WILL THERE BE ENOUGH VACCINE FOR EVERYONE?
- Yes! There will be enough doses of the COVID-19 vaccine for all who are
interested in getting vaccinated.
CAN I GET ON A LIST TO BE NOTIFIED WHEN I’M ELIGIBLE FOR THE VACCINE?
- Not yet. Currently we are not getting the amount of vaccine doses we’ve
been requesting. For example, for the week of January 11th we requested
400 doses and received 100. Because we are still vaccinating front-line
care workers, we don’t have enough to move into Phase 1B yet (for
the general public who are 70 and older). However, the federal government
recently announced they will release more doses so vaccination efforts
can move quicker. Once we can begin offering the vaccine to the public,
we will post that information here and will work with Public Health on
making that announcement to the community.
WHEN WILL I BE ABLE TO GET THE COVID-19 VACCINE?
As per instructions by the Federal and State Government, we may only distribute
the vaccine to pre-approved populations at specific times. The
approximate timeline for each phase of vaccination is as follows:
Phase 1A – December 28, 2020 – February 26, 2021
- For frontline healthcare workers and those with direct patient contact
or virus exposure – not for the general public at this time.
Phase 1B – Estimated to be January 15, 2021 – March 15, 2021
For persons 75 years and older, frontline essential workers and other at
risk populations. View full details and timeline on the
Montana Government website
Phase 1C – Estimated to be March 15, 2021 – July 15, 2021
For persons 65 years and older and other essential workers. View full details
and timeline on the
Montana Government website
Phase 2 – Estimated July 2021
For all remaining Montanans aged 16 and older. View full details and timeline on the
Montana Government website
Marcus Daly Memorial Hospital is legally unable to alter this timeline
and directive as set forth by the State of Montana and the Federal Government.
For further questions please contact the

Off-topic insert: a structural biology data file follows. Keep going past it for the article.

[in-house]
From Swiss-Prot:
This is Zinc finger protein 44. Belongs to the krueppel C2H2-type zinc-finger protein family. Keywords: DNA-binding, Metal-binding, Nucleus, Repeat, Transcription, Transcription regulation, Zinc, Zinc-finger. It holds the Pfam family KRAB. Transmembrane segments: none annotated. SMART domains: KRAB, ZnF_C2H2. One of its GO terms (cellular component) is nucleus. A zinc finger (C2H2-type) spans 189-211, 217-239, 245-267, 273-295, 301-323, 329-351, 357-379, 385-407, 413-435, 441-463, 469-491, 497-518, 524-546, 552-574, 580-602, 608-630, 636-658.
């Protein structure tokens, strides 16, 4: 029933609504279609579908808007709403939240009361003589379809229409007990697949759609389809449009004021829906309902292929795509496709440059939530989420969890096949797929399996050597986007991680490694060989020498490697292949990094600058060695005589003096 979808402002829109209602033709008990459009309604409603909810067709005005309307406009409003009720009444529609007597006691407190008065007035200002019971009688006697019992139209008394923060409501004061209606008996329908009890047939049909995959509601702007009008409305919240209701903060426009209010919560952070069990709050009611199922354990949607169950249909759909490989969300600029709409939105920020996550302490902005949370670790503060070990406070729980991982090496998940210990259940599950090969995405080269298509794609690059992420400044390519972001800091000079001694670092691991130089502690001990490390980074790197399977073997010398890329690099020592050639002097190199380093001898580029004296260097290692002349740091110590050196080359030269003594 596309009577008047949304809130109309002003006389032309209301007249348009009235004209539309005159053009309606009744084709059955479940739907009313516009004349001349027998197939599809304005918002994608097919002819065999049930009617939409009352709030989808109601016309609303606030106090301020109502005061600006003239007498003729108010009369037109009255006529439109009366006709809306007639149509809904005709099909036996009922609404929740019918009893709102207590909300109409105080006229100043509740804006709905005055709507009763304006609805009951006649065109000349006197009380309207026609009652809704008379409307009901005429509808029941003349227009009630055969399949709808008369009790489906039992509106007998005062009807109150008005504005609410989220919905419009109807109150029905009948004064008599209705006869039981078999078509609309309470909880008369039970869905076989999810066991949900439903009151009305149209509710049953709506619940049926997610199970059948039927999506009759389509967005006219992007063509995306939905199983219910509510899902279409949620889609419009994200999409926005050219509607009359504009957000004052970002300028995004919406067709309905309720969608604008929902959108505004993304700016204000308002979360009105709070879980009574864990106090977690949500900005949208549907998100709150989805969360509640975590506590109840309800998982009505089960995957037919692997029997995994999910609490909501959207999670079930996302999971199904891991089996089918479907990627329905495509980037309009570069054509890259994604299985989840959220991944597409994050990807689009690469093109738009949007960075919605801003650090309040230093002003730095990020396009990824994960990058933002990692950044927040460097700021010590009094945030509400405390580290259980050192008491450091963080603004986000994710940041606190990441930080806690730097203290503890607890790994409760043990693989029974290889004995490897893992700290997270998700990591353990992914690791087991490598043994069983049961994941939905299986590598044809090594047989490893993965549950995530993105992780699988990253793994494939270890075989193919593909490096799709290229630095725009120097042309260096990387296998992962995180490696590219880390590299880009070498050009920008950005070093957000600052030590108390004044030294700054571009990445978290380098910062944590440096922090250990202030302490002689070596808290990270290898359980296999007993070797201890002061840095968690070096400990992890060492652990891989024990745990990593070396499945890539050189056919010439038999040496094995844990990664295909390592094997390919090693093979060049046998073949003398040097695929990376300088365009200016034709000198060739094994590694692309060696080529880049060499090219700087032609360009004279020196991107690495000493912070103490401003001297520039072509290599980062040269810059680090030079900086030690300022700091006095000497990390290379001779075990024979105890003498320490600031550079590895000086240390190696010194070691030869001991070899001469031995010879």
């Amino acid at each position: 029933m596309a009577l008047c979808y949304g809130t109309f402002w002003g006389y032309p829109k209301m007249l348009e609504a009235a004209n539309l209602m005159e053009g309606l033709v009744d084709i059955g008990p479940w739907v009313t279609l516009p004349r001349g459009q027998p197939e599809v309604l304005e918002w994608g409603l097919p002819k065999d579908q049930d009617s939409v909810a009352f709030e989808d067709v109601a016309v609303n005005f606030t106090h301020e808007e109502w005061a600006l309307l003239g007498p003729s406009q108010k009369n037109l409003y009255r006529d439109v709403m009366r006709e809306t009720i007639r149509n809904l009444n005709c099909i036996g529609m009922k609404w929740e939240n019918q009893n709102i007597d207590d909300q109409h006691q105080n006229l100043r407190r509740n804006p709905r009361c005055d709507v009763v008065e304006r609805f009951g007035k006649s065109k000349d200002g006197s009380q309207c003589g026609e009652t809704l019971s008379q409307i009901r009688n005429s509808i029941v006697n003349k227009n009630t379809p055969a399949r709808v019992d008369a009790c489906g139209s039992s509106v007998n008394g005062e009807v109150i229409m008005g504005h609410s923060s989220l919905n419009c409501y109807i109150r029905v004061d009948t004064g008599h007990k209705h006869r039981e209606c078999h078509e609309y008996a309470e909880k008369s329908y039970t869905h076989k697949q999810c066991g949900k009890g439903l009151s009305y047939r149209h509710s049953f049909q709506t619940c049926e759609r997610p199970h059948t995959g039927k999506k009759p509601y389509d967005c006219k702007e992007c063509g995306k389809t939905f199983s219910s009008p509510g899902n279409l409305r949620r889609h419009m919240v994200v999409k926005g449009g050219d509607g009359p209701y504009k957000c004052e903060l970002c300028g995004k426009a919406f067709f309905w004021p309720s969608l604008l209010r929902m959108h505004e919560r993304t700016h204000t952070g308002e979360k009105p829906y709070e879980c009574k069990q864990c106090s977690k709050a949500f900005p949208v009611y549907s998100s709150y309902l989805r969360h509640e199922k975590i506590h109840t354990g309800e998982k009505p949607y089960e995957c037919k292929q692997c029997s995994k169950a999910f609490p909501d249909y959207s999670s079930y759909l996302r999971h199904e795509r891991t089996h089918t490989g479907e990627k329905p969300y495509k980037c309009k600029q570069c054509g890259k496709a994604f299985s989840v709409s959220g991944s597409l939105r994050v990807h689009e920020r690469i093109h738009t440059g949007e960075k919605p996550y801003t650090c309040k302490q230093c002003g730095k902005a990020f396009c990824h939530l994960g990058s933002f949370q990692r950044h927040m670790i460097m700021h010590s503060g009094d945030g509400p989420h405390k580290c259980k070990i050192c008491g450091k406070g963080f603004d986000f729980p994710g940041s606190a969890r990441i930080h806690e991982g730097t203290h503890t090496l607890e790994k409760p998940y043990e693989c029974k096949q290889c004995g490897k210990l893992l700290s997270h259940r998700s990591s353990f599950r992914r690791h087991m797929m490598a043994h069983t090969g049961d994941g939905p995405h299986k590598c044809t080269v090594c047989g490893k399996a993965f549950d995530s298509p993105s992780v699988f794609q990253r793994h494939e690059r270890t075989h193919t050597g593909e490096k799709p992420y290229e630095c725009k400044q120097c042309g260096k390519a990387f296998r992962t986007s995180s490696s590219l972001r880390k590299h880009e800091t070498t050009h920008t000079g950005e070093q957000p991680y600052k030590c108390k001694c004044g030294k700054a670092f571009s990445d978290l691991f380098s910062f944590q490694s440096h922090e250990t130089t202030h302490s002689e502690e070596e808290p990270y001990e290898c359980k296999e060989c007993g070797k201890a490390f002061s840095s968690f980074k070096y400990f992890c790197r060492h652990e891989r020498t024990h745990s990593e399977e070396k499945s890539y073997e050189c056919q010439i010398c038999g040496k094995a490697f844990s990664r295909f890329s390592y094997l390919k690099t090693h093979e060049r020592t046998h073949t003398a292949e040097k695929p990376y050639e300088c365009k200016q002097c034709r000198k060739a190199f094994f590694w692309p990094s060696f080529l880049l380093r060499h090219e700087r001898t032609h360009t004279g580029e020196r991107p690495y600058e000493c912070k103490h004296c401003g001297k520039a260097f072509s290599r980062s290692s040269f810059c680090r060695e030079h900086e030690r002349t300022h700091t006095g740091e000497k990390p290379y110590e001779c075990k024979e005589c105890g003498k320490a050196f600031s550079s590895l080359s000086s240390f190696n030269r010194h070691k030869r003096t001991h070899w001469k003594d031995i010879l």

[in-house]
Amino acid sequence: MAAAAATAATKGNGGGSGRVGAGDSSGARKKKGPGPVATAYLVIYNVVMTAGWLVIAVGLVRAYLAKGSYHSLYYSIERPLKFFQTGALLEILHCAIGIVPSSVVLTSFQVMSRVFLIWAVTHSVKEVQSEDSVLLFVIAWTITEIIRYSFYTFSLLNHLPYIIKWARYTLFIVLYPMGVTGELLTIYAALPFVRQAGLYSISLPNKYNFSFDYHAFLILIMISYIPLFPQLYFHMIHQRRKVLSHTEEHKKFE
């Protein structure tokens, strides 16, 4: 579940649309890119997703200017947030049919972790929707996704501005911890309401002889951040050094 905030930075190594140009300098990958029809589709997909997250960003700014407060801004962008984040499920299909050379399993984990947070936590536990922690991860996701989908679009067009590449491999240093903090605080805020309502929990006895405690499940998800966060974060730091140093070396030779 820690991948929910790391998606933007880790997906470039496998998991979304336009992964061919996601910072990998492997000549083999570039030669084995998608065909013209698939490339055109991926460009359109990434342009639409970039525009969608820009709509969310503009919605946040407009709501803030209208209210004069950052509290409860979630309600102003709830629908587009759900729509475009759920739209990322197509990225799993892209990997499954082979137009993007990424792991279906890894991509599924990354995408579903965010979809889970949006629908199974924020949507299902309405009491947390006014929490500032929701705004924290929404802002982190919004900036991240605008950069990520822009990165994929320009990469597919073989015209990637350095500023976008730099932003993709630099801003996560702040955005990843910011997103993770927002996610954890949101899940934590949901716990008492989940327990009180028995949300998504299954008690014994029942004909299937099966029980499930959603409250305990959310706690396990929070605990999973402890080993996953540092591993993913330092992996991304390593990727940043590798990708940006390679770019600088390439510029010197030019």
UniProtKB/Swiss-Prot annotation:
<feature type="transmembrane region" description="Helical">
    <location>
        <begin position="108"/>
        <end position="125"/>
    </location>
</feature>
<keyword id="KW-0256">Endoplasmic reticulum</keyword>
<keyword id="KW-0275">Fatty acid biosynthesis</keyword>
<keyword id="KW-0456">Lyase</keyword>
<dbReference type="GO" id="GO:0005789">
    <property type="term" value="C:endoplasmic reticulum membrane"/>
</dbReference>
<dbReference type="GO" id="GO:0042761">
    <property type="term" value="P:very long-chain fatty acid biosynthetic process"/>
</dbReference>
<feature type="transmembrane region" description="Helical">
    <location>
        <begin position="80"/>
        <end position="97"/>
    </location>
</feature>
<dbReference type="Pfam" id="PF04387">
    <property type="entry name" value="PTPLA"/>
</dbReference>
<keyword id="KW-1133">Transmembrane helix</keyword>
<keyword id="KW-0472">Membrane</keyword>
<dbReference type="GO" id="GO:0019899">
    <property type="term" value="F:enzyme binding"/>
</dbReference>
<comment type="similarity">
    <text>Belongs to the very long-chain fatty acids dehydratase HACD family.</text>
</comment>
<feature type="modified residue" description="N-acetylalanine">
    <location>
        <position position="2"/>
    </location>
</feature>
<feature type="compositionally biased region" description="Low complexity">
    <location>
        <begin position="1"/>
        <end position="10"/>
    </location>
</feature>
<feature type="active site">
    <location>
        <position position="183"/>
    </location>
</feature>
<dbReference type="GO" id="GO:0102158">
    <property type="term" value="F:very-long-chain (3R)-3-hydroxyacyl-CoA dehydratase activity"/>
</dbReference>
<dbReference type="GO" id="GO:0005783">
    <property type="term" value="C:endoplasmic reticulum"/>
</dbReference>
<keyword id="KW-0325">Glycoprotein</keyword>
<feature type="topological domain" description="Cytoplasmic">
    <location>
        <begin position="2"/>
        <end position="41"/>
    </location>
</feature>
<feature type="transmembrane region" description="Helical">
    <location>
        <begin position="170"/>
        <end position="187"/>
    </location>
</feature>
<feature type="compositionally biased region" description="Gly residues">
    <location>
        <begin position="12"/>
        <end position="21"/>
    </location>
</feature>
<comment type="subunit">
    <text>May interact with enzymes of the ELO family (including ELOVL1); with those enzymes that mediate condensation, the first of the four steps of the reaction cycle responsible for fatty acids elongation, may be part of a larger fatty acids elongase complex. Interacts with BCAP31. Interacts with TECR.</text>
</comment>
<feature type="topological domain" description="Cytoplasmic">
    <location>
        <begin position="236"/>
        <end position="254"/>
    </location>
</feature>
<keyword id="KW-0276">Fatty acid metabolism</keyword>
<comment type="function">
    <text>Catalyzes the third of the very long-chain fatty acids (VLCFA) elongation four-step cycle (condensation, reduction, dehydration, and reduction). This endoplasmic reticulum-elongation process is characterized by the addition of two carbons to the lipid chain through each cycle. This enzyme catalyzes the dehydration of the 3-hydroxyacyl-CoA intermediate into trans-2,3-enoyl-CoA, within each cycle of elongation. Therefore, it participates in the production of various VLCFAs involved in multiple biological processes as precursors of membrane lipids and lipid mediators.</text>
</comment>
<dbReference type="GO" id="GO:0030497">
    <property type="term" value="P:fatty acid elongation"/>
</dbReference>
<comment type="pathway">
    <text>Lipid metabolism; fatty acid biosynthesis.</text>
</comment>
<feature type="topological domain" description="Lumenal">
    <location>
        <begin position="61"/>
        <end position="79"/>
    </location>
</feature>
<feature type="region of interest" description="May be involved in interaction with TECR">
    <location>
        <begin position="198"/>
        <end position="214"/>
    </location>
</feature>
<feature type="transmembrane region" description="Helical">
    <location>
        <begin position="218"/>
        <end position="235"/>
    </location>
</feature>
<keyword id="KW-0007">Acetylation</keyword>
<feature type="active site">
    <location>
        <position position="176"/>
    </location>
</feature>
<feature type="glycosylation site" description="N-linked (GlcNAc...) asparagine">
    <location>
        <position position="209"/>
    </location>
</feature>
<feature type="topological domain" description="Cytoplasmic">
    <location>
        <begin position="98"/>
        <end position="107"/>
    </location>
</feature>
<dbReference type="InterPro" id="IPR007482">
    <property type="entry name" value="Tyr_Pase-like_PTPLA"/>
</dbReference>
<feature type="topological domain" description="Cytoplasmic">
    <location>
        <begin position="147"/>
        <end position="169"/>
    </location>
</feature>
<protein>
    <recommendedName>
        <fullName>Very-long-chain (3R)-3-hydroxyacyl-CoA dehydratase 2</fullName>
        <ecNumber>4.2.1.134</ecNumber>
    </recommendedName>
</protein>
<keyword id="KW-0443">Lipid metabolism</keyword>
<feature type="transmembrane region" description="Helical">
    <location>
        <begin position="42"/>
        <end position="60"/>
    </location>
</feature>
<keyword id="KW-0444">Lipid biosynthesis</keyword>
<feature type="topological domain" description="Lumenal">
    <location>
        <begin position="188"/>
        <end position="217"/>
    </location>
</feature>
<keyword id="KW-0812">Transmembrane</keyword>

Ravalli County Public Health Department (406) 375-6672, Monday – Friday 8am- 5pm (closed 12noon – 1pm).
We anticipate getting our supply of the vaccine for the public by Spring
or early Summer, and will communicate at that time how and when you can
obtain the vaccination.
WHO IS GETTING THE COVID-19 VACCINE FIRST?
- The Centers of Disease Control and Prevention (CDC) will oversee distribution
of the vaccine throughout the U.S. The first allotment will be a limited
supply, so federal officials have announced that only health care professionals
and residents of long-term care facilities may be the first to receive
the COVID-19 vaccinations.
- Marcus Daly Memorial Hospital (MDMH) will receive the COVID-19 vaccine
the fourth or fifth week of December. Once we have the vaccine, we will
communicate directly with health care professionals at MDMH and other
providers in our community, about how and when they can receive their vaccine.
WHICH VACCINE WILL MDMH HAVE?
- We will receive the Moderna vaccine in December 2020 for frontline healthcare
workers in Ravalli County. At this point, we don’t know whether
we’ll receive the Pfizer vaccine or the Moderna vaccine intended
for members of the public (arriving either in spring or summer of 2021).
Once we know which vaccine we will receive, we’ll communicate how
and when you can sign up for vaccination.
WILL THERE BE A COST FOR THE COVID-19 VACCINE?
- No, there will be no cost to you for the vaccine. Under Operation Warp